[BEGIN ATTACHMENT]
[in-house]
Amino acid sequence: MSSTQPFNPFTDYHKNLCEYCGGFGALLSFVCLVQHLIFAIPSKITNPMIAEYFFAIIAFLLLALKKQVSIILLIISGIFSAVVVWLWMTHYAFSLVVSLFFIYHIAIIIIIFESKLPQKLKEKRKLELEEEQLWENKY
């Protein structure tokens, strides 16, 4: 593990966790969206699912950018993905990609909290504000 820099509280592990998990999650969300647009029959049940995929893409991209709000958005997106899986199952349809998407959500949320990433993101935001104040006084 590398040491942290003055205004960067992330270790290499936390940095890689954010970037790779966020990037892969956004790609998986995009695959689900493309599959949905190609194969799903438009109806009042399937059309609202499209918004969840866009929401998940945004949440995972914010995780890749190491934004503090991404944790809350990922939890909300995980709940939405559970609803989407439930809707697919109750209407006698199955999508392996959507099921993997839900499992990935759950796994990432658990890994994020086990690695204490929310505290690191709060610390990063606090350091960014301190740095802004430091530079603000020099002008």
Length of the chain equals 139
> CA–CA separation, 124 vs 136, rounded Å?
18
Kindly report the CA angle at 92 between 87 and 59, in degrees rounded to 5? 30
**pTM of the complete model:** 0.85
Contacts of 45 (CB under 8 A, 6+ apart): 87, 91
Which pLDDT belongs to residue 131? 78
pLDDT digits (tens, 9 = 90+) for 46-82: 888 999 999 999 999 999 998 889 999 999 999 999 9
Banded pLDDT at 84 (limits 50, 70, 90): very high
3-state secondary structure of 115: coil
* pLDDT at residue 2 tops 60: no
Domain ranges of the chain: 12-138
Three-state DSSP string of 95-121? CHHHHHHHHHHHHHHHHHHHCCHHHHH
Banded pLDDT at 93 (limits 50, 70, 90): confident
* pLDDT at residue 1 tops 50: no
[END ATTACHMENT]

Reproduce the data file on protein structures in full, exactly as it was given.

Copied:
[in-house]
Amino acid sequence: MSSTQPFNPFTDYHKNLCEYCGGFGALLSFVCLVQHLIFAIPSKITNPMIAEYFFAIIAFLLLALKKQVSIILLIISGIFSAVVVWLWMTHYAFSLVVSLFFIYHIAIIIIIFESKLPQKLKEKRKLELEEEQLWENKY
């Protein structure tokens, strides 16, 4: 593990966790969206699912950018993905990609909290504000 820099509280592990998990999650969300647009029959049940995929893409991209709000958005997106899986199952349809998407959500949320990433993101935001104040006084 590398040491942290003055205004960067992330270790290499936390940095890689954010970037790779966020990037892969956004790609998986995009695959689900493309599959949905190609194969799903438009109806009042399937059309609202499209918004969840866009929401998940945004949440995972914010995780890749190491934004503090991404944790809350990922939890909300995980709940939405559970609803989407439930809707697919109750209407006698199955999508392996959507099921993997839900499992990935759950796994990432658990890994994020086990690695204490929310505290690191709060610390990063606090350091960014301190740095802004430091530079603000020099002008």
Length of the chain equals 139
> CA–CA separation, 124 vs 136, rounded Å?
18
Kindly report the CA angle at 92 between 87 and 59, in degrees rounded to 5? 30
**pTM of the complete model:** 0.85
Contacts of 45 (CB under 8 A, 6+ apart): 87, 91
Which pLDDT belongs to residue 131? 78
pLDDT digits (tens, 9 = 90+) for 46-82: 888 999 999 999 999 999 998 889 999 999 999 999 9
Banded pLDDT at 84 (limits 50, 70, 90): very high
3-state secondary structure of 115: coil
* pLDDT at residue 2 tops 60: no
Domain ranges of the chain: 12-138
Three-state DSSP string of 95-121? CHHHHHHHHHHHHHHHHHHHCCHHHHH
Banded pLDDT at 93 (limits 50, 70, 90): confident
* pLDDT at residue 1 tops 50: no